The principal idea used to explain how humans and animals regulate walking has been energy cost –. At a given speed, humans choose an average step length and frequency that minimizes energy cost , , , . Small changes in either average stride length or average stride time increase energy cost in humans similarly (Fig. 1, and Supplementary Text S1) . These experimental findings have been supported by multiple computational models –, , . Such optimality principles have been a major focus for understanding the control of complex movements –. However, these optimization criteria have been used primarily to predict average behavior, not to explain the variability ubiquitously observed in movements like walking –. Understanding the nature of this variability may be critical to understanding how humans perform skilled movements –. Most optimization approaches do not address whether the nervous system must overcome all variability as a limiting constraint , , , , or instead exploits redundancy to regulate variability in ways that help maximize task performance , , , .
Contour lines represent iso-energy level curves for average energetic cost of transport: i.e., energy expenditure per distance walked per kg of body mass (cal/m/kg). The optimum (i.e., minimal) cost [TOpt, LOpt] occurs at the center of the figure. These contours were determined from the empirical equations derived by Zarrugh et al. . Representative results are shown for the nominal gait pattern of one typical subject, after subtracting the metabolic cost of standing . The diagonal black line represents the line of constant speed, v, which passes through [TOpt, LOpt]. Horizontal and vertical error bars indicate the energetic consequences of ±7% errors in either T or L, respectively. These are similar in amplitude to ±3 standard deviations in each of these variables, as observed experimentally (Fig. 3D–E), and thus approximate the general range of stride-to-stride variations expected to be observed in these measures. The horizontal and vertical axes are likewise scaled to ±12% change in each variable. These iso-energy contours are nearly isotropic: i.e., relative changes in stride length incur nearly the same energetic cost penalty as comparable relative changes in stride time. (See Supplementary Text S1 for additional details).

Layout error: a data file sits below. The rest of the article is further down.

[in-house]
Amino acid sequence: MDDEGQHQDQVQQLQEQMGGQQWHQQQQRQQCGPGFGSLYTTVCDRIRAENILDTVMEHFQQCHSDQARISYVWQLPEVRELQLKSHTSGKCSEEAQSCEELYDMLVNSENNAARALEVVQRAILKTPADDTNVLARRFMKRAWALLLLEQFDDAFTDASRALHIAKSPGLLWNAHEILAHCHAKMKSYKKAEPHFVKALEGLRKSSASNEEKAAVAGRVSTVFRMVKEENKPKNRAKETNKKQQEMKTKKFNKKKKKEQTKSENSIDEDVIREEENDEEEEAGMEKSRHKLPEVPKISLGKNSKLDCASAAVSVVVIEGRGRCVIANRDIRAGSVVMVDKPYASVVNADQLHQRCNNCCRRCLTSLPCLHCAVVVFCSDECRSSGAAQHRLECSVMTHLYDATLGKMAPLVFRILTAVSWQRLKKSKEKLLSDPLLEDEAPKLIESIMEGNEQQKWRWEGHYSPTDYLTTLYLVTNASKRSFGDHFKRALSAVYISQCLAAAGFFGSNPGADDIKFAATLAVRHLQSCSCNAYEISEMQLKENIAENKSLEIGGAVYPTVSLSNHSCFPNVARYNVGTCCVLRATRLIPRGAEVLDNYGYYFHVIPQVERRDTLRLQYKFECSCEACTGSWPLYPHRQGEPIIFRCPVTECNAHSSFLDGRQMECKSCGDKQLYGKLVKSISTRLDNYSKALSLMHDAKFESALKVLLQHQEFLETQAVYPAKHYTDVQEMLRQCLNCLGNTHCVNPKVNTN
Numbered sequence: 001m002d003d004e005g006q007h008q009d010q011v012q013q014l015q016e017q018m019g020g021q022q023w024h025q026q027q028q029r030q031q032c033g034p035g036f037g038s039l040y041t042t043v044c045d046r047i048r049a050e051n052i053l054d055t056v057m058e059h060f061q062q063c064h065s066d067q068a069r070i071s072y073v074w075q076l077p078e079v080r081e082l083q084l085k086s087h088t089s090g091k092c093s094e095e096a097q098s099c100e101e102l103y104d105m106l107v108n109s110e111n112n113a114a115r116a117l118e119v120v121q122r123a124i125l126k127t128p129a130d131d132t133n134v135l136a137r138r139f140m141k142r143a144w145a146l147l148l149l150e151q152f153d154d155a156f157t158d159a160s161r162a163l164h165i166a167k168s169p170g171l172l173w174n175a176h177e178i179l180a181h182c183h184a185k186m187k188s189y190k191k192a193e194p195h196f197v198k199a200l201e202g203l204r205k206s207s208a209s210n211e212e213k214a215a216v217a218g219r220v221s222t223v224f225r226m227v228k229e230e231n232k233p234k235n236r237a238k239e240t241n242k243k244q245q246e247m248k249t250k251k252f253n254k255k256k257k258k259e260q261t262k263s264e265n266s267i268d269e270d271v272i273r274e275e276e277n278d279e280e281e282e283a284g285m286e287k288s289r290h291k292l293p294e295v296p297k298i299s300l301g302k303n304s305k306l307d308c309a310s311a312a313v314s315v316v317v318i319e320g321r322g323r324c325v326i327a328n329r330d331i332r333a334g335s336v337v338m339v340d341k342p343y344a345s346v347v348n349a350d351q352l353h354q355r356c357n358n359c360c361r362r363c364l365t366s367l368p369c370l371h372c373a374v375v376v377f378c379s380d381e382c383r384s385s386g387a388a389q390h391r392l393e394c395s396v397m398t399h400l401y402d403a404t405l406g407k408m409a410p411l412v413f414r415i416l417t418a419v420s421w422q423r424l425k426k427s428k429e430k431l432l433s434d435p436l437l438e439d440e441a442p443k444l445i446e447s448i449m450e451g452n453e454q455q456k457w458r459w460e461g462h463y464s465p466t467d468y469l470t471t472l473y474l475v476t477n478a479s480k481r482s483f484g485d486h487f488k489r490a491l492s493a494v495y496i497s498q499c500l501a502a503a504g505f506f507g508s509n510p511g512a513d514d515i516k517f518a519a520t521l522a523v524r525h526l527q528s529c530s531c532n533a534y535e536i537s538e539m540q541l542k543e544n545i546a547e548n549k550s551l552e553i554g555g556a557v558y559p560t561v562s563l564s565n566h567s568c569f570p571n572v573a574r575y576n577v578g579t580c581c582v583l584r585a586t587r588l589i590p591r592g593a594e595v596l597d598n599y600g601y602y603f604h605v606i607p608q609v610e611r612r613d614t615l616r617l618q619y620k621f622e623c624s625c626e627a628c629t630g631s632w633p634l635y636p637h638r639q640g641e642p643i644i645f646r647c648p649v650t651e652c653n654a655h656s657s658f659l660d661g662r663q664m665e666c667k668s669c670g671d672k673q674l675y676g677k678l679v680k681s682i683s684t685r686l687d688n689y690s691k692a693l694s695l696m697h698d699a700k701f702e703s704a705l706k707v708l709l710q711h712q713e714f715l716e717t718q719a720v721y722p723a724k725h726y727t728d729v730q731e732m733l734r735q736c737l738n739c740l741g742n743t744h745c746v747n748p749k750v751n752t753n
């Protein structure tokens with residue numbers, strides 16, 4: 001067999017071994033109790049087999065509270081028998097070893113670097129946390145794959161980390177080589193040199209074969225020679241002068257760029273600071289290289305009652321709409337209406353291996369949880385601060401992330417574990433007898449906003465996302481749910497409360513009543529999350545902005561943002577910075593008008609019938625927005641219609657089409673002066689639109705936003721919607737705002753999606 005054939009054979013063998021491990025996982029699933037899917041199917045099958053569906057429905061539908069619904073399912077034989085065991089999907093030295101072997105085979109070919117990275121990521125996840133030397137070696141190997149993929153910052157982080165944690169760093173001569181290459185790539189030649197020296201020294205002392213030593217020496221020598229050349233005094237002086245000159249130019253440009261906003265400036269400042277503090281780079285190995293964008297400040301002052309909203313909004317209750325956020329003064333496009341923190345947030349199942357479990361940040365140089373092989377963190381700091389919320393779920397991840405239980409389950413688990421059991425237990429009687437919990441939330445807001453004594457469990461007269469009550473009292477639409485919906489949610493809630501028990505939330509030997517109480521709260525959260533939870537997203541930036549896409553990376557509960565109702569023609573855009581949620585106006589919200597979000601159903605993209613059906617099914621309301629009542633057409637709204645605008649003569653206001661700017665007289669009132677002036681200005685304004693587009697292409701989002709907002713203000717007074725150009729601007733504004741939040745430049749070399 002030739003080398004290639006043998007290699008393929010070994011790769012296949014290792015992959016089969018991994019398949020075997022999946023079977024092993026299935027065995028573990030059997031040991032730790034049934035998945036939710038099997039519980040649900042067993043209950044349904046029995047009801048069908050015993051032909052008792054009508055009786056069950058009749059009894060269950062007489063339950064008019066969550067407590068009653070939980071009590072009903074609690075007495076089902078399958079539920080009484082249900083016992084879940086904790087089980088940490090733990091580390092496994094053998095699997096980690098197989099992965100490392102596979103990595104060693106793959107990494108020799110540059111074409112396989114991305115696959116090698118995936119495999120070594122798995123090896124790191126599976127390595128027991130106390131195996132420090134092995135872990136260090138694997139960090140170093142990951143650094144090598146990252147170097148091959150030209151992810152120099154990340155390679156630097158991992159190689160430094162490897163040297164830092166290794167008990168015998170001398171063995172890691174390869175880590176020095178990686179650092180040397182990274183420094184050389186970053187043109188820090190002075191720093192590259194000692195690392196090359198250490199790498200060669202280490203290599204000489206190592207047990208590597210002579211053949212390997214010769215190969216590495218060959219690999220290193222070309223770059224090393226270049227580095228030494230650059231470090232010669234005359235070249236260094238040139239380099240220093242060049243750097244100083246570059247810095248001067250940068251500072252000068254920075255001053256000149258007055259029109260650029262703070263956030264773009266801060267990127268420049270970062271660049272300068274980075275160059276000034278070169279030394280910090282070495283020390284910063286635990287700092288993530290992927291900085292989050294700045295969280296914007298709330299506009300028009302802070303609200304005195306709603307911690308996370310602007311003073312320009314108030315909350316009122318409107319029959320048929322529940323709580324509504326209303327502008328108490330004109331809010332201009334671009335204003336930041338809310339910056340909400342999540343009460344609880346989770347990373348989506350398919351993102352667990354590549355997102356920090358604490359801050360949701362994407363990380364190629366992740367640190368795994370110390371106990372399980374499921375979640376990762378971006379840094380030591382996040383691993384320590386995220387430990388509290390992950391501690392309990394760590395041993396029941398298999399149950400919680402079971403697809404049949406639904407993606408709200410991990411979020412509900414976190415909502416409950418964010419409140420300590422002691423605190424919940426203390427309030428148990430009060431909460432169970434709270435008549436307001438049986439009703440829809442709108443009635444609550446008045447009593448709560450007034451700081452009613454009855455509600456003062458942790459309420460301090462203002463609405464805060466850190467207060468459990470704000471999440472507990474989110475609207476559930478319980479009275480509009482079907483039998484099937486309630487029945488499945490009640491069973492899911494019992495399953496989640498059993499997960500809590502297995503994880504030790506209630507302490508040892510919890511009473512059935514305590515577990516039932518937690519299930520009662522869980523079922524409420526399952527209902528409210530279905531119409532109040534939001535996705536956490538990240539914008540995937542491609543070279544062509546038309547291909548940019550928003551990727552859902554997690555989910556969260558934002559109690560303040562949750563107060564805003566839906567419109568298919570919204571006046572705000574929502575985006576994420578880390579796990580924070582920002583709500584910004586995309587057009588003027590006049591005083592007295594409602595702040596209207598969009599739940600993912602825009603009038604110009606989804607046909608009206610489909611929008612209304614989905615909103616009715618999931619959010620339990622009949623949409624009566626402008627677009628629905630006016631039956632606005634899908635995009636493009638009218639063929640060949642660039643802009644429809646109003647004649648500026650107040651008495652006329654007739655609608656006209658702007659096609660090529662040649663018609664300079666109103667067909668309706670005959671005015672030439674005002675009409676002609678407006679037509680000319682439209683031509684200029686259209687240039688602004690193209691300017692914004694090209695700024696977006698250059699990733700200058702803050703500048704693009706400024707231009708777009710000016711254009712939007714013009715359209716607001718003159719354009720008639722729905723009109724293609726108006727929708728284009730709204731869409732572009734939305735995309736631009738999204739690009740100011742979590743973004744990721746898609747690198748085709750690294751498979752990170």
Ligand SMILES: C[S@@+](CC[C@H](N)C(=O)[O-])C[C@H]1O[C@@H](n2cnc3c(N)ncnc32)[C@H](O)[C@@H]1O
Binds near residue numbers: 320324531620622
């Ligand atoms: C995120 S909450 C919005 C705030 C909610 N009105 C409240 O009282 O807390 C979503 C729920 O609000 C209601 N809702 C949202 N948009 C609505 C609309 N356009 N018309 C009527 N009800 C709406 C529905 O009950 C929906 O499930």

Others have sought to determine how muscles are organized into functional synergies to resolve the inherent redundancy of complex movements –. These efforts likewise characterize average behavior and so also provide few insights into movement variability. Conversely, redundancy gives rise to equifinality: i.e., there are typically an infinite number of ways to perform the same action , . Equifinality permits individuals to perform complex tasks reliably and repeatedly while allowing variability in a movement's particulars. This is thought to facilitate adaptability in motor performance . Recent researchers have addressed this issue experimentally using the geometry-based uncontrolled manifold (UCM) approach , . A related concept, the minimum intervention principle (MIP) , ,  ties these ideas to stochastic optimal control theory and provides a concrete computational framework for predicting precisely how trial-to-trial movement variability arises in redundant motor systems performing tasks with well prescribed goals , , , , .
During walking, humans need to adapt at every step (not just on average) to be able to respond to externally and/or internally generated perturbations , , . While the neurophysiological mechanisms that enact these responses are well known –, the fundamental principles governing adaptation from stride to stride remain unknown. Small stride-to-stride fluctuations in gait dynamics are typically assumed to reflect random noise. Indeed, there is ample evidence supporting multiple sensory and motor sources of physiological noise , –. However, stride-to-stride variations in gait cycle timing exhibit statistical persistence , , , which has been argued to be “indispensible” to healthy physiological function , . Stride intervals become more uncorrelated (i.e., less persistent) in elderly subjects and patients with Huntington's disease , but not in patients with peripheral sensory loss . Understanding how stride-to-stride control is enacted therefore requires quantifying not only average magnitudes of variations across strides, but also the specific temporal sequencing of those variations.
Here, we formulate goal functions  that give concrete mathematical form to hypotheses on the strategies used to achieve a given task. This provides a unifying framework for reconciling issues of optimality, redundancy, and stochasticity in human walking. Walking on a motor driven treadmill only requires that subjects do not “walk off” either the front or back end of the treadmill. While subjects must, over time, walk at the same average speed as the treadmill, variations in speed due to changes in stride length and/or stride time do occur and can be sustained over several consecutive strides , , , . The main question addressed here is how do people regulate these variations?